4. Have you had any other formative shopping experiences over the years?
I first visited Brooks Brothers in the late 1970s. I don’t know what came first, but I must have visited Frank Lloyd Wright’s Guggenheim, Brooks Brothers Madison Avenue, and the Museum of Modern Art to see Picasso’s Guernica, all on the same day!
5. What item of clothing could you not live without?
The original Bass Weejun loafers, Levi’s and a white or navy blue t-shirt. In particular, the brand Goodwear which John Simons carries. That is the best white t-shirt I have ever owned. Forget all these other American and European brands, that is the one! I’d definitely add a Harrington jacket and one of the excellent McRostie belts you carry. For me, even with all the clobber I have owned over the years, it is these items that I could not do without.
6. What is your number one style tip for the readers at home?
Think Mod. Think John Simons.
7. Do you have a sartorial hero?
Yes! Johnny Simons! It has got to be, he is the godfather after all. I first met him in the late 1970s, on Chalk Farm road. This would have been just before the Russel Street store. I remember he came out of somewhere and I went right up to him and said to him, “You’re John Simons!” For me this was an important moment, it was like meeting Keith Richards or John Lennon. He was this mythical figure. I remember he simply gave me an aloof response, something along the lines of, “Am I? If you say so!”
Russel Street was so important for the next generation of John Simons customers. I was there the minute it opened and in fact I still have a cool teal green Harrington from there, which John gifted me in exchange for helping him sell his wares when understaffed one day. In the early days of Russel Street, it was John, Ken and Jeff, all of whom were eccentric cult figures in their own right. You would not even need to bother John at the time because both Ken and Jeff were great sources of entertainment and super knowledgeable.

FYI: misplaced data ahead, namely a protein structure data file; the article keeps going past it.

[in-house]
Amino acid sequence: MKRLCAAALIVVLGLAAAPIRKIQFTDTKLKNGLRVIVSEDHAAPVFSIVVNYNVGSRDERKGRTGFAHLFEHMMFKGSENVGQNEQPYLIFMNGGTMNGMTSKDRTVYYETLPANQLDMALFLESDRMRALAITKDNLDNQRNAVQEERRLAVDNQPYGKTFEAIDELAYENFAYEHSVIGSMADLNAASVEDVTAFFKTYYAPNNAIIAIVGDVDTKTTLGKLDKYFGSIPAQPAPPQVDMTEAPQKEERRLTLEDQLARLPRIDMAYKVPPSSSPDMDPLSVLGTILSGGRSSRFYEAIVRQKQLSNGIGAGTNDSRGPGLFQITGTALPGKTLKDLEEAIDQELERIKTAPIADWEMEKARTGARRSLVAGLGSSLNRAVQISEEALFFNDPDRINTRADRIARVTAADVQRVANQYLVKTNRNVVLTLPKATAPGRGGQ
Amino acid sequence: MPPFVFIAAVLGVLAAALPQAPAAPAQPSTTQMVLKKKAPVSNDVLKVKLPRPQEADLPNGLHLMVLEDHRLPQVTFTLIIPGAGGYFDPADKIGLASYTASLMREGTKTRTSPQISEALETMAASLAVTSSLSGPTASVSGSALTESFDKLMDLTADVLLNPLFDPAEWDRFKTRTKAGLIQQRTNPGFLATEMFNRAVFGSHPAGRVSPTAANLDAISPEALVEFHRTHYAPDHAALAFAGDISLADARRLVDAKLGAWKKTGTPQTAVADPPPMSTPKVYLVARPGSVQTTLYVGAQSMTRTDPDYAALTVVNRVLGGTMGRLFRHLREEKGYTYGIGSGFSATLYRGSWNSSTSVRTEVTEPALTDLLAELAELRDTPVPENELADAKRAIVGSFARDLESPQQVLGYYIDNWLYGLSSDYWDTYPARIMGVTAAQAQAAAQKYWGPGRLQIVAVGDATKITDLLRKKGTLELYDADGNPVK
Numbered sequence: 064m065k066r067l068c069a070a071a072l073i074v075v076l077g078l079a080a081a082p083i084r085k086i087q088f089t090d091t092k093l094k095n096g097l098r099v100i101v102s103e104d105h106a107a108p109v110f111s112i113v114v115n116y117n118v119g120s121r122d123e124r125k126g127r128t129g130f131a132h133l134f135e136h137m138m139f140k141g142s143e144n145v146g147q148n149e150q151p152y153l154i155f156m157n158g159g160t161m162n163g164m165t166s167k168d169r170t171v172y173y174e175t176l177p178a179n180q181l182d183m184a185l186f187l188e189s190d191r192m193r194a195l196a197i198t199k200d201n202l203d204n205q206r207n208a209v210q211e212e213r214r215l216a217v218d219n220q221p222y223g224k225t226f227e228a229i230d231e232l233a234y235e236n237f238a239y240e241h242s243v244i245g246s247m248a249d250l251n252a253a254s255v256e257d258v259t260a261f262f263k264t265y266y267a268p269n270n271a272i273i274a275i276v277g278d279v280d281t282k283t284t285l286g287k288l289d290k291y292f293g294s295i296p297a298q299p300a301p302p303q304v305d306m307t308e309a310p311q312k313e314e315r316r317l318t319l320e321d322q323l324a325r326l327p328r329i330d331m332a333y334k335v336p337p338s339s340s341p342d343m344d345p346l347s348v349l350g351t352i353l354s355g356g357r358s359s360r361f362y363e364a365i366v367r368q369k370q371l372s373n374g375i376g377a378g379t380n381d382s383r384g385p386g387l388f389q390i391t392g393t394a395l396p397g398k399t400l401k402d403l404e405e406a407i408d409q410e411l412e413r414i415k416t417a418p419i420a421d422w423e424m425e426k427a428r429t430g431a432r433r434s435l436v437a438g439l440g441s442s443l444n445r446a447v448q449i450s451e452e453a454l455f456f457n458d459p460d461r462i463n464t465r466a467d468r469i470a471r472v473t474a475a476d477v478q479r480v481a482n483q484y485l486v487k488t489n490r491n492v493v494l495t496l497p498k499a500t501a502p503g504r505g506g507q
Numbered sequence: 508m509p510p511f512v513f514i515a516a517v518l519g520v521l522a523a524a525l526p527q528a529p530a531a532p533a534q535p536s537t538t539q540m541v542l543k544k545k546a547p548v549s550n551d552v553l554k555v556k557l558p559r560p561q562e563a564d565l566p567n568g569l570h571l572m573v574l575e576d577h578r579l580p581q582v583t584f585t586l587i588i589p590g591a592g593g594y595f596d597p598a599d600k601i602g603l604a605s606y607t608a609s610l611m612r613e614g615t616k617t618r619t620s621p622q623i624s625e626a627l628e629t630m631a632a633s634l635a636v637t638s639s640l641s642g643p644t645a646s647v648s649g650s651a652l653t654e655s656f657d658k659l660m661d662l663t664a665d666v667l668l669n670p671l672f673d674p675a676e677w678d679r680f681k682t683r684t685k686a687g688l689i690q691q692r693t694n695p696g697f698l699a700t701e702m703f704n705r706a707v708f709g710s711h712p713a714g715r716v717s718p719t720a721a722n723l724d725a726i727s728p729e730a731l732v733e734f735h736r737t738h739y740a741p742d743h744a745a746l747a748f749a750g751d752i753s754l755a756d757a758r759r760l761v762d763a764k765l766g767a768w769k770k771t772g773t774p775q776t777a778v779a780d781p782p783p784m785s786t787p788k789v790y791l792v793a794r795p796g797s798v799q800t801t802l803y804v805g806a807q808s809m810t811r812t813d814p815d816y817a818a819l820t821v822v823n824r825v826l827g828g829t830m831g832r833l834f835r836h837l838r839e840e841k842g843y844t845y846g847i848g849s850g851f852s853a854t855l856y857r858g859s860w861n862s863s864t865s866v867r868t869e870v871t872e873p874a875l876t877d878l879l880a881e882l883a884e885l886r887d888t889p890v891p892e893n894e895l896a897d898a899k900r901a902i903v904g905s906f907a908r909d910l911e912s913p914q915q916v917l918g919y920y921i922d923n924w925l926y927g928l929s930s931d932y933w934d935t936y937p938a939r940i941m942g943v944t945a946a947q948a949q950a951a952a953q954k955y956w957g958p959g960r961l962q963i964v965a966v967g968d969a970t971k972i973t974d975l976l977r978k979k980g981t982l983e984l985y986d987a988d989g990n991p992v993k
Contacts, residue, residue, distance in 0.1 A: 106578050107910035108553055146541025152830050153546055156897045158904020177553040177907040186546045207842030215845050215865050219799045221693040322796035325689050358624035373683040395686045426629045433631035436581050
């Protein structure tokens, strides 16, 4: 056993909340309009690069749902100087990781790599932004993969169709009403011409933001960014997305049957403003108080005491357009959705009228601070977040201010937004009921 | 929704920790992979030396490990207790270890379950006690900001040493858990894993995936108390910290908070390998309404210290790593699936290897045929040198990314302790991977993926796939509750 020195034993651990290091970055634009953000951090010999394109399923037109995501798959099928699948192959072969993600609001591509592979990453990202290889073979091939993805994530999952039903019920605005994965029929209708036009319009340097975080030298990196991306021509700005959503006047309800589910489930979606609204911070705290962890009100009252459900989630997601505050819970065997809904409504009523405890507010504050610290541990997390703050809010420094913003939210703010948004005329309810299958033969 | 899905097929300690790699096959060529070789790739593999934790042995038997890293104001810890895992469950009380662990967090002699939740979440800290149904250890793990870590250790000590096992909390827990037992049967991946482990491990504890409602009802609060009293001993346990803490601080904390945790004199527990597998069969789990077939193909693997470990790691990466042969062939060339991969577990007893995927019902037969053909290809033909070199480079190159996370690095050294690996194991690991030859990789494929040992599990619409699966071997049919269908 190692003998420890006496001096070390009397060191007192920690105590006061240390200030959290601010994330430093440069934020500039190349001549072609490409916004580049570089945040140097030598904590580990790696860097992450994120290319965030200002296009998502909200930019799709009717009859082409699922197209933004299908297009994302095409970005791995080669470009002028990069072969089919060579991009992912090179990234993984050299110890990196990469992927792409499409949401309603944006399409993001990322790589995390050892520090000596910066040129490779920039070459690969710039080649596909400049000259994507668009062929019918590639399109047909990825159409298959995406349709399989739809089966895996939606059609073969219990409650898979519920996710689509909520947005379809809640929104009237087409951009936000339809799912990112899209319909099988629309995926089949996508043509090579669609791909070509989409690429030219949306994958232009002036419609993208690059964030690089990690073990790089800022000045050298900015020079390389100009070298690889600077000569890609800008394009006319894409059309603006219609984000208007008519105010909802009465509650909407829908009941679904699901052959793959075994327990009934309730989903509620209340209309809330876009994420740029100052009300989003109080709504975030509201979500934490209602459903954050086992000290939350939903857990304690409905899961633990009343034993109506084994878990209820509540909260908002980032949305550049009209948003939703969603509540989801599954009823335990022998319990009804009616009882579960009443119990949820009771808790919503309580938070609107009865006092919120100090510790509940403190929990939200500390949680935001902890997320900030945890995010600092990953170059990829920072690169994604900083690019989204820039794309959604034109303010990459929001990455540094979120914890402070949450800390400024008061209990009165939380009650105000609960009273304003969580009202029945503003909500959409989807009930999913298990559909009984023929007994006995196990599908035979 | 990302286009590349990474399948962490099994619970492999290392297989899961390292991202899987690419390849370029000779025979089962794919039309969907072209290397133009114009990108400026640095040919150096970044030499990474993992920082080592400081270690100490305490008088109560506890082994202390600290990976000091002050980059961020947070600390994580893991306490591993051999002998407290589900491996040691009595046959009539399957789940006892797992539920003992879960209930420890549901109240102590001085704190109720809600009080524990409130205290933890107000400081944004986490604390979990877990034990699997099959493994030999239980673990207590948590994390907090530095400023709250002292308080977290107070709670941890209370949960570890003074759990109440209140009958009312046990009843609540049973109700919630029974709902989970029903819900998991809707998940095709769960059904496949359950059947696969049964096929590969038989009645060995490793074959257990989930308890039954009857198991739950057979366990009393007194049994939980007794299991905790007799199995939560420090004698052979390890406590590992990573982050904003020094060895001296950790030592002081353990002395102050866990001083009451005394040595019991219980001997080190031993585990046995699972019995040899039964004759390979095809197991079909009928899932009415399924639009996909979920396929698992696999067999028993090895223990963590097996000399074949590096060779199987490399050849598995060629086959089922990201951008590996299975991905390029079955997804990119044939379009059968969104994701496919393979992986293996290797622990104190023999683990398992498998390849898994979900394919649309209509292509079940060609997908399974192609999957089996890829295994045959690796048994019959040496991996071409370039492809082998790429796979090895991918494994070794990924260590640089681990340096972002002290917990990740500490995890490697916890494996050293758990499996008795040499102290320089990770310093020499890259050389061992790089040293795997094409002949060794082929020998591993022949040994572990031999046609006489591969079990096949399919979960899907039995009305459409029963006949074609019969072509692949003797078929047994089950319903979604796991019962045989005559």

I think what is great about the current Chiltern Street store is that you have retained the original spirit. The fact you are making these great pieces in London reminds me of the energy John had at the old stores, and whilst you have moved it along slightly in a very clever, subtle way, the spirit remains. If I didn’t already have the classic Brooks Brothers Herringbone 346 jacket, gifted to me by John, I must admit that I would be forced to buy one of your current Herringbone sack jackets, as it is so perfectly on the button in terms of detailing.
8. If you could choose to attend a concert from any artist, dead or alive, who would it be and what would you wear?
It has got to be The Beatles at Shae stadium. I would wear a black polo neck, black sports coat, black pair of Levi’s and a pair of black leather Beatle boots. Slightly Dylan-esque when he went electric. I think it is one of the great forgotten Mod looks, but people who know still get it. He looked fantastic, whether it was that massive houndstooth jacket, or the black polo neck, sports coat and jeans ensemble.
Also, any John Coltrane or Miles Davis gig, you know the look!
9. Do you feel that your profession has impacted your style? Or do you feel as if your sense of style has impacted your choice of profession?
It has made no odds really. In the world of commercial Real Estate, I am somewhat on my own, apart from my best mate Simon Silver and a nice bloke called Joe Fuller! However, I am always attracted to the modernist form of architecture, and this has influenced the types of buildings I get involved with. Despite this, because my world is that of London, I tend to look at any type of building, from any different era whatever it might be, and assess it for its unique nature. The four most important things for me in my line of work are: volume, light, character and tube station.
Photography: Ewen Spencer